What Is a Good Hiking Pace?
At some point or another, we’ve all been passed by someone who is hiking at a brisker pace than our own. Or maybe you’re usually the one doing the passing.
Whatever the case may be, we all have our own flow, and that’s totally cool. Subjective terms like “fast” or “slow” aren’t important. What’s important is that you have a good estimate of your hiking pace for your own reference.
The More You Know…
Knowing your average hiking pace is beneficial for a number of reasons. Let’s say you’re planning a week-long backpacking trip. Odds are, you’ll need to put in your time-off request at work so you can go on the trip. Also, how many miles can you complete in one week—will you be able to finish the whole trail in that timeframe? It’s essential to address these types of questions.
It’s good to determine how much time you want to actively spend walking each day and how many miles you can reasonably cover. This way, you can guesstimate when you’ll arrive at waypoints like water sources, break spots, and your campsite at the end of the day. You might need to know when you’ll reach a trailhead or road intersection so you can hitch into town before the post office or store closes.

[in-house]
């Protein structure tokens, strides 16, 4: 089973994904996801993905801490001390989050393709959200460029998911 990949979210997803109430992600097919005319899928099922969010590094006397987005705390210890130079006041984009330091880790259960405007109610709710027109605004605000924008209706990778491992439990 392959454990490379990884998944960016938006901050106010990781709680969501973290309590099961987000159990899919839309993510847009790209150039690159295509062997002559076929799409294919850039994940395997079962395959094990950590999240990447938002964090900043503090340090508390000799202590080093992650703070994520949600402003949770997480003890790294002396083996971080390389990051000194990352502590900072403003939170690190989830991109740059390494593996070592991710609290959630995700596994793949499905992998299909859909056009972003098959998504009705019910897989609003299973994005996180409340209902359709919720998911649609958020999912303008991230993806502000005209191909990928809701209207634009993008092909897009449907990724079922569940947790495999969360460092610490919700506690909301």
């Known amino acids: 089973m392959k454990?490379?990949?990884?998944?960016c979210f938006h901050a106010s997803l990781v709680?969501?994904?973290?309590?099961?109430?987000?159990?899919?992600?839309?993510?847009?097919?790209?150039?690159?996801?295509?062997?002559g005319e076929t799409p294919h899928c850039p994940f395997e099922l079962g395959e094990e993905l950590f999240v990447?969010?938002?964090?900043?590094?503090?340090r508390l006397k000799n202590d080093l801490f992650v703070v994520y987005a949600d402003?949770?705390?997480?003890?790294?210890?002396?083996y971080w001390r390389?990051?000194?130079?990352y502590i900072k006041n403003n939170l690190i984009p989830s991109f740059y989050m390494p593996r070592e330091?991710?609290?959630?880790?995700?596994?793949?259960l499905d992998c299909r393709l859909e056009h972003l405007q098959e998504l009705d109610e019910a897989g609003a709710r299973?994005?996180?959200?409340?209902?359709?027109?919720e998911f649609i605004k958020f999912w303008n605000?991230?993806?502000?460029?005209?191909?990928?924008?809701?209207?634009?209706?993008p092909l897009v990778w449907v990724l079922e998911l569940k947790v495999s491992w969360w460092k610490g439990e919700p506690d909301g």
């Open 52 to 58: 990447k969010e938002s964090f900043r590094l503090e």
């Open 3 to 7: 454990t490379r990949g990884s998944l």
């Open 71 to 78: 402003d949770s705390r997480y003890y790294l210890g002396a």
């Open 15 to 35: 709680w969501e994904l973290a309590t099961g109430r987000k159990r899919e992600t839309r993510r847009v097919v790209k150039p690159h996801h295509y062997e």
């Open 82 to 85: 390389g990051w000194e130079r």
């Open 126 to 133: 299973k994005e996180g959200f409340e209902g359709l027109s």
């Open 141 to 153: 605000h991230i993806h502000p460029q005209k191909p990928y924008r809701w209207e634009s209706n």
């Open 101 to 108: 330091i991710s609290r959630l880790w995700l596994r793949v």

How To Estimate Your Hiking Pace
As we’ve established, it’s good to know your hiking pace for a few reasons. So, how do you estimate your pace? Luckily for us, Scottish mountaineer William W. Naismith already did the math.
Naismith’s Rule states that on average, without breaks and on mostly flat ground, an adult hiker can walk three miles per hour, or approximately one mile every 20 minutes, plus an additional 30 minutes for every 1000 feet of elevation gain. This is a generalization because we aren’t accounting for any additional factors, but it’s a solid place to start.
Let’s say you’re planning a backpacking trip on level terrain and you know you want to hike 12 miles each day. If you hike at an average of three miles per hour, it will take roughly four hours to cover this distance. But what if the ground isn’t flat or you stop to take breaks along the way (which you should)? Let’s take a look at the following factors.
Factors To Consider When Estimating Hiking Pace
The ground is rarely “flat.”
Most trails aren’t flat: they go up and down. Knowing how much elevation gain there is over a certain distance is an important factor. Naismith’s Rule indicates that we should add on 30 minutes for every 1,000 feet of elevation gain.